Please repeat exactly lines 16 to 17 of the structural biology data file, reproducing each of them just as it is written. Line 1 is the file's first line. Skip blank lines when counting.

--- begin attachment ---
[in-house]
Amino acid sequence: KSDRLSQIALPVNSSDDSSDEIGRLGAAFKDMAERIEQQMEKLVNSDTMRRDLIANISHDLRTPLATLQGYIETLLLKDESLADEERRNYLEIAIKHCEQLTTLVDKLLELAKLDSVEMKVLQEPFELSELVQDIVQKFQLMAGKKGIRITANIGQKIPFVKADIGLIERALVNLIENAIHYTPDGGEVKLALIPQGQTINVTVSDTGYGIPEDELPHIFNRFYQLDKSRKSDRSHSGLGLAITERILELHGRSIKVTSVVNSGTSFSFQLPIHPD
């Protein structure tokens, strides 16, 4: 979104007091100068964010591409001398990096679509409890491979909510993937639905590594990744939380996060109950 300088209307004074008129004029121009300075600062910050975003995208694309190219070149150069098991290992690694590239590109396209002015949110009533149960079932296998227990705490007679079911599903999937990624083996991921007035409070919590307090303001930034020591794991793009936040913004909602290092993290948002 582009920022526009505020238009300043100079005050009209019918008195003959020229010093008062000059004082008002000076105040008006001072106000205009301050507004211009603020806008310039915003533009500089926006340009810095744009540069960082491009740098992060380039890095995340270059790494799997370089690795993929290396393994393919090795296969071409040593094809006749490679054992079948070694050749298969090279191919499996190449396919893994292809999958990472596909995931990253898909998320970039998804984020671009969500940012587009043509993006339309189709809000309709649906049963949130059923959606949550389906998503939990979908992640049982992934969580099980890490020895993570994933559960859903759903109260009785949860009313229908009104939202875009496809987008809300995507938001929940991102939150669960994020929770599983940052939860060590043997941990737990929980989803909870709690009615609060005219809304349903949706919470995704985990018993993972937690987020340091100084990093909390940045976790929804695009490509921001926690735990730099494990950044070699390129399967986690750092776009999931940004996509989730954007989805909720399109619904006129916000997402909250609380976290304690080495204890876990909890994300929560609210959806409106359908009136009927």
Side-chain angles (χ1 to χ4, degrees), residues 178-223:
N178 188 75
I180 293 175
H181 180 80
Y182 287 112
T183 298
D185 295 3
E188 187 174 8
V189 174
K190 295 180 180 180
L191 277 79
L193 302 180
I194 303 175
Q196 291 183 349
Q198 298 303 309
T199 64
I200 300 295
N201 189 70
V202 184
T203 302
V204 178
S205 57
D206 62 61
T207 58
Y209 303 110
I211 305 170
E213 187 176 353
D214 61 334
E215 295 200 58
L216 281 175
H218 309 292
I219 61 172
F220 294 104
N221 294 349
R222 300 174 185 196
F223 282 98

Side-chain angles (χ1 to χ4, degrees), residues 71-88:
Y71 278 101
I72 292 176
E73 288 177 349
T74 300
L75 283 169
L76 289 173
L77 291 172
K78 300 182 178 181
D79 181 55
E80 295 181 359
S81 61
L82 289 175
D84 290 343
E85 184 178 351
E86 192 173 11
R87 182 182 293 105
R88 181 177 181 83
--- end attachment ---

I194 303 175
Q196 291 183 349